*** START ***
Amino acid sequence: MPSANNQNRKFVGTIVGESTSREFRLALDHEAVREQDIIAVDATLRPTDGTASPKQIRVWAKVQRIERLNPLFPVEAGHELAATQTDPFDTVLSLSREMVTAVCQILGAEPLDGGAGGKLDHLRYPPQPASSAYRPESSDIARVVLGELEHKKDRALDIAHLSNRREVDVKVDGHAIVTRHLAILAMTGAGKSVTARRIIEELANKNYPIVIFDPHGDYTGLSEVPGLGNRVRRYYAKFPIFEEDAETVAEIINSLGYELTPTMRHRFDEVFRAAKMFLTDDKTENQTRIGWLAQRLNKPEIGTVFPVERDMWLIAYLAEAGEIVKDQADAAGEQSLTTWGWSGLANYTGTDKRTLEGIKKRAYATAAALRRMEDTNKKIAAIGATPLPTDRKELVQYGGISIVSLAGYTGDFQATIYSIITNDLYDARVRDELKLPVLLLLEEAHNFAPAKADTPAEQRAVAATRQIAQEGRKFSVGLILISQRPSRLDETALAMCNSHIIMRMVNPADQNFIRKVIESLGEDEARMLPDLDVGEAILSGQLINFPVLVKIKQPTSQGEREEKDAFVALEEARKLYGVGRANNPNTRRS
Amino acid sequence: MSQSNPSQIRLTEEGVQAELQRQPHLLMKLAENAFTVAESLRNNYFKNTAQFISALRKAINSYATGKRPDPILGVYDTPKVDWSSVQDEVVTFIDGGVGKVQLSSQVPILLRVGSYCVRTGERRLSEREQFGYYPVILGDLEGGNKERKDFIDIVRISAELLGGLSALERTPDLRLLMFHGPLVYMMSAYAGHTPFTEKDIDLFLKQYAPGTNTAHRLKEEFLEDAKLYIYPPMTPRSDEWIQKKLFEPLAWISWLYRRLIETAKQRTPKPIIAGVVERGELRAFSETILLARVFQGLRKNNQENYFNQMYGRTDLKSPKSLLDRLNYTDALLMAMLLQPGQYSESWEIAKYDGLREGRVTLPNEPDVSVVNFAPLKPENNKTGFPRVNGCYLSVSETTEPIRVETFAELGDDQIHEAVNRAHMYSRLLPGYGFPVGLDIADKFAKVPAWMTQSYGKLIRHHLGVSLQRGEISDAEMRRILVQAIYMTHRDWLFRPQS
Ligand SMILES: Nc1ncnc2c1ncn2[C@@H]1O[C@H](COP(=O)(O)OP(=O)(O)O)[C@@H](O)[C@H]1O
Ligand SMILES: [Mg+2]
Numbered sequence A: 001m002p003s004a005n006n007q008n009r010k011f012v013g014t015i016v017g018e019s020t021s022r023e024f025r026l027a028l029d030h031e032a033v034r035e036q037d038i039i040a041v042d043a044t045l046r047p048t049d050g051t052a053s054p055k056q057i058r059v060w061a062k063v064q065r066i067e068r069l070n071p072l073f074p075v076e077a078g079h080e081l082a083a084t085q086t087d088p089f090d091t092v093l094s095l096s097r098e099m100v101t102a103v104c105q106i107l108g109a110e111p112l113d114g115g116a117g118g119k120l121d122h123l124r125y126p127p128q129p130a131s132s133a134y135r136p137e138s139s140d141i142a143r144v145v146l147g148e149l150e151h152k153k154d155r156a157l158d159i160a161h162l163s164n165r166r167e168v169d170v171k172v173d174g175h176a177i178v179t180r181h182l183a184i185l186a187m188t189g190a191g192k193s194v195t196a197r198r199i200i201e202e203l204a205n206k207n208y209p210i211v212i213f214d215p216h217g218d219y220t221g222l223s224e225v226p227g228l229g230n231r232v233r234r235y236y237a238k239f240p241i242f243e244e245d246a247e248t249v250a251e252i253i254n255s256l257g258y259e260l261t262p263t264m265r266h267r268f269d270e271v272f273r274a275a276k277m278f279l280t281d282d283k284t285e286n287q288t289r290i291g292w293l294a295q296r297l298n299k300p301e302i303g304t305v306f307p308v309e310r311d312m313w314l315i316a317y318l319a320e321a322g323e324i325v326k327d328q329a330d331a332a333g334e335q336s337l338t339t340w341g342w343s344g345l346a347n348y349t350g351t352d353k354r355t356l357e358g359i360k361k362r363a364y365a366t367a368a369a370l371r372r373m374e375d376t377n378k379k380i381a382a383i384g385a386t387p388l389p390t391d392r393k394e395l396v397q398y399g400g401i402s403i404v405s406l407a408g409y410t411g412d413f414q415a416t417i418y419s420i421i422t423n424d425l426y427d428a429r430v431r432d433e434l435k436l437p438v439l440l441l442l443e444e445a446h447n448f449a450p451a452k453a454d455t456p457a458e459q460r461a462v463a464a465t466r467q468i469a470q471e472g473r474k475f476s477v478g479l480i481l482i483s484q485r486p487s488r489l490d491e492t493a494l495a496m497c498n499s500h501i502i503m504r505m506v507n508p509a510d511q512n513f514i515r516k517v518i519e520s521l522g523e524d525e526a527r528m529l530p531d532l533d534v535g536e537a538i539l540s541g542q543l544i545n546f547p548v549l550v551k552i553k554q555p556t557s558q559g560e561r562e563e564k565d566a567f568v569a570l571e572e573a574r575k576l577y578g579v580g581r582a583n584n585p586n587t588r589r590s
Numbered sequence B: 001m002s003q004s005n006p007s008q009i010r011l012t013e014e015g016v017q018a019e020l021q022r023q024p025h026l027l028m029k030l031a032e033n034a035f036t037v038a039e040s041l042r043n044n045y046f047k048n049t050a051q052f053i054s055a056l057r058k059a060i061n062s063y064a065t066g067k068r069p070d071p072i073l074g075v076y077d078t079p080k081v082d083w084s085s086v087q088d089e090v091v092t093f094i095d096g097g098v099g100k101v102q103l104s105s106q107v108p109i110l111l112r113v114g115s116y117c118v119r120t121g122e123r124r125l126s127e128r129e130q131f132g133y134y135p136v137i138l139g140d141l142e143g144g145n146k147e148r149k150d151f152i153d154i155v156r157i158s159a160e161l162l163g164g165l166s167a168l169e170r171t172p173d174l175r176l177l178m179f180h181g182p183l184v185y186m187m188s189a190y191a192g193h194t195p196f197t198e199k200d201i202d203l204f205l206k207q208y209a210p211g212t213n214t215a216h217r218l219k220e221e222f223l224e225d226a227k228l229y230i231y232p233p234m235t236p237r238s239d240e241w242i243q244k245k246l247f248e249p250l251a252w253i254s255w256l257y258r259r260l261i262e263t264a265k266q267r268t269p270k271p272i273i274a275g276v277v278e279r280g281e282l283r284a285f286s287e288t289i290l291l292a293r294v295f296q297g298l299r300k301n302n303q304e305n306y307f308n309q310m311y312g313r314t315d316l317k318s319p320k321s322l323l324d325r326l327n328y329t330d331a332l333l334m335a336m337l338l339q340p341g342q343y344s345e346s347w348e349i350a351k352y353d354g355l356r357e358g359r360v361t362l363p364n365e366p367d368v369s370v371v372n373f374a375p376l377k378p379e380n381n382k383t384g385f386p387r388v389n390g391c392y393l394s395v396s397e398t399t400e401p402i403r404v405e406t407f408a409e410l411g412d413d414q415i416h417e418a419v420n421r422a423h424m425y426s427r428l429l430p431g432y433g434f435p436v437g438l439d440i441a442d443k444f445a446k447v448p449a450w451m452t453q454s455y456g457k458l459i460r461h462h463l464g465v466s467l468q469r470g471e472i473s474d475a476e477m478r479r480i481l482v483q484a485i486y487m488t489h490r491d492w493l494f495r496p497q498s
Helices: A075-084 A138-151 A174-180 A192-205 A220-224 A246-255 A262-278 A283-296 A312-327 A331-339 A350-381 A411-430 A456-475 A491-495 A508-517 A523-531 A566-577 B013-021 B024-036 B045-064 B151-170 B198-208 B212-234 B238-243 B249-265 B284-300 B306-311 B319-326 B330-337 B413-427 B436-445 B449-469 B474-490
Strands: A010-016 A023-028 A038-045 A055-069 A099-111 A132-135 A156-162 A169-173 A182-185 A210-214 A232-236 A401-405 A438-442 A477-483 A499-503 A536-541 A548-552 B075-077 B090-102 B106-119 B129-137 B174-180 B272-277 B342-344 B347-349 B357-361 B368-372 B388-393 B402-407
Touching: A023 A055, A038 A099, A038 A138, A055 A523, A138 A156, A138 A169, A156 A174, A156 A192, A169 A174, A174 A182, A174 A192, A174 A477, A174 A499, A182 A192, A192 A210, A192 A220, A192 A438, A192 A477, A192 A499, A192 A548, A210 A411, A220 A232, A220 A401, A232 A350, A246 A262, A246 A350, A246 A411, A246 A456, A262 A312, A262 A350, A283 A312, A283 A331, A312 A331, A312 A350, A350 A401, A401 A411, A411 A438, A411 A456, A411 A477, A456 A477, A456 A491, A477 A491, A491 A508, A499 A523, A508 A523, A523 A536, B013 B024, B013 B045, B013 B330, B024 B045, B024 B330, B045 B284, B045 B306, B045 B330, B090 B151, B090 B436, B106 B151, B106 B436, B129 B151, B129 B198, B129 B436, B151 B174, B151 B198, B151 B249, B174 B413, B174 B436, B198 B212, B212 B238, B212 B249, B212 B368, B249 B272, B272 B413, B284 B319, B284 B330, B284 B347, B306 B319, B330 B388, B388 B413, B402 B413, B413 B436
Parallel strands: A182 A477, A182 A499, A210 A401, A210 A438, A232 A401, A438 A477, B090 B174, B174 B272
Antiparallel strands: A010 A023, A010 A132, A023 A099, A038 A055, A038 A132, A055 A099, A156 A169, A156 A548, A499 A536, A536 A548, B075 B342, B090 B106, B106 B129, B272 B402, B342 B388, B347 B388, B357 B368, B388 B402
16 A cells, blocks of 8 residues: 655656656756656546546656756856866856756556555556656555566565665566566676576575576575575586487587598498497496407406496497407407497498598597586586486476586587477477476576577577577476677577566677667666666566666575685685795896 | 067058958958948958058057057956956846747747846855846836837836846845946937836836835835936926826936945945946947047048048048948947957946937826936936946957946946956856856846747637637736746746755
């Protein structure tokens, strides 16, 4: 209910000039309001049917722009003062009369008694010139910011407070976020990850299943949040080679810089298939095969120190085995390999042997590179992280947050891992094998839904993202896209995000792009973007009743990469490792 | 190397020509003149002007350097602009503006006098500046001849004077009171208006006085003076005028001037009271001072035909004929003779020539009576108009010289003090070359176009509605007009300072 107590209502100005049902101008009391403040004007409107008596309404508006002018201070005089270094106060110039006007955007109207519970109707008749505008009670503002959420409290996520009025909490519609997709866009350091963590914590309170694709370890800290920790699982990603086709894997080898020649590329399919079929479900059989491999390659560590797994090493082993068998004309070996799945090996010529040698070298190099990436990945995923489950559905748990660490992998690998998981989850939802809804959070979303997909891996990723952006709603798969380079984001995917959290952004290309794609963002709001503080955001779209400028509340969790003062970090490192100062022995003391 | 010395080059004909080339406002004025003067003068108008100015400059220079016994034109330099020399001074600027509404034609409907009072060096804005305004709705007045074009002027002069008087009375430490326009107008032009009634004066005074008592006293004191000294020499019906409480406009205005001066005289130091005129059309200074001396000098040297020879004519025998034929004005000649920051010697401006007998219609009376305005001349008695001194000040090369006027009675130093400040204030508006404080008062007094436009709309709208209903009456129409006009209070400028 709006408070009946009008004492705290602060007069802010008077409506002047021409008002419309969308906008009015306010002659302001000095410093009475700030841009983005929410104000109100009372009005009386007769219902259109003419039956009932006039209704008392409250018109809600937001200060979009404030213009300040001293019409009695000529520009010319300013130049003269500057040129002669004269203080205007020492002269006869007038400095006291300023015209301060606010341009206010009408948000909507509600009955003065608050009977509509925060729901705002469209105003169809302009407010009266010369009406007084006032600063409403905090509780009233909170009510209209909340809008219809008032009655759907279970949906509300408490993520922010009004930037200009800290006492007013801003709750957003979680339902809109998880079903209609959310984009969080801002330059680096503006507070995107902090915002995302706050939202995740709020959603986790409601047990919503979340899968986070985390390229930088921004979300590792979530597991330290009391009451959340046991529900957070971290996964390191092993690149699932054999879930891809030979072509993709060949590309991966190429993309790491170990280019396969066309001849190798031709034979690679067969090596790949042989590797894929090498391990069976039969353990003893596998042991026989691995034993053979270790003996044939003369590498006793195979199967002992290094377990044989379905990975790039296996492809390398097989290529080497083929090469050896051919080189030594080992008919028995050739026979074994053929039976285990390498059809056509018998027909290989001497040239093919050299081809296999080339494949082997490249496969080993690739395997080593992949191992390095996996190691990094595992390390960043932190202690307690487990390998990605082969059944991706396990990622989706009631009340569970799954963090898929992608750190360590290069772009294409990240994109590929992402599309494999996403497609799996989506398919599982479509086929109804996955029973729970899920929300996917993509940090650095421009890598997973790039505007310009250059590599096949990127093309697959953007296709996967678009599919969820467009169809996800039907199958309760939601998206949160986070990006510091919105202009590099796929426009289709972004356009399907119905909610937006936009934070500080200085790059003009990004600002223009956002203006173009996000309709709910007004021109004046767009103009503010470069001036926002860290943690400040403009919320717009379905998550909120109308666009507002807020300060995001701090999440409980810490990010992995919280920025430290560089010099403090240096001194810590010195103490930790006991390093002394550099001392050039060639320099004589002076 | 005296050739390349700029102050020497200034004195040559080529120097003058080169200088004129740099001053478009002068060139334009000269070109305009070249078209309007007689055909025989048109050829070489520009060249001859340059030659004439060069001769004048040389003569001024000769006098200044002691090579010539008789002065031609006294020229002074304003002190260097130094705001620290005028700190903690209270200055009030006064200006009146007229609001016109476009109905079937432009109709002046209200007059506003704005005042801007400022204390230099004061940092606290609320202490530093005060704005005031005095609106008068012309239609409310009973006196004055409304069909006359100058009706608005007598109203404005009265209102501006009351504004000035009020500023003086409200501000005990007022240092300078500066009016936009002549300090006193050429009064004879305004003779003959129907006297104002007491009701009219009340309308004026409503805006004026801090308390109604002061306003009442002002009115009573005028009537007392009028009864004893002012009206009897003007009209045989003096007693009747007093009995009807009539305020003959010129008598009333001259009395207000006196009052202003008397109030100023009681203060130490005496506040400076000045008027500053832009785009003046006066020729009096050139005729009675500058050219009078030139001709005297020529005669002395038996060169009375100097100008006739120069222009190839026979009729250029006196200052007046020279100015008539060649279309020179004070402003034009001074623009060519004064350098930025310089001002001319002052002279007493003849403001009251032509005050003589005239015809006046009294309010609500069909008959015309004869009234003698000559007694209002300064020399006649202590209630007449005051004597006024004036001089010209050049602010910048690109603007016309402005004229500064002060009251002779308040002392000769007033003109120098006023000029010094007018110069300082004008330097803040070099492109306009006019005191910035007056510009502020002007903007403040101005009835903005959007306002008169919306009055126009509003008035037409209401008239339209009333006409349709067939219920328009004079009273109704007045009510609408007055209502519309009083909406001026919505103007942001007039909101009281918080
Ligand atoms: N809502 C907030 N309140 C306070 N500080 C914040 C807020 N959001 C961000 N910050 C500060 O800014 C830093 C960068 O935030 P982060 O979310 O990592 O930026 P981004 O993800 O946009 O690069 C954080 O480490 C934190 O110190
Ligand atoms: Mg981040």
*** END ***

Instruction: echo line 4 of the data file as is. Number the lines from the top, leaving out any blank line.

Ligand SMILES: [Mg+2]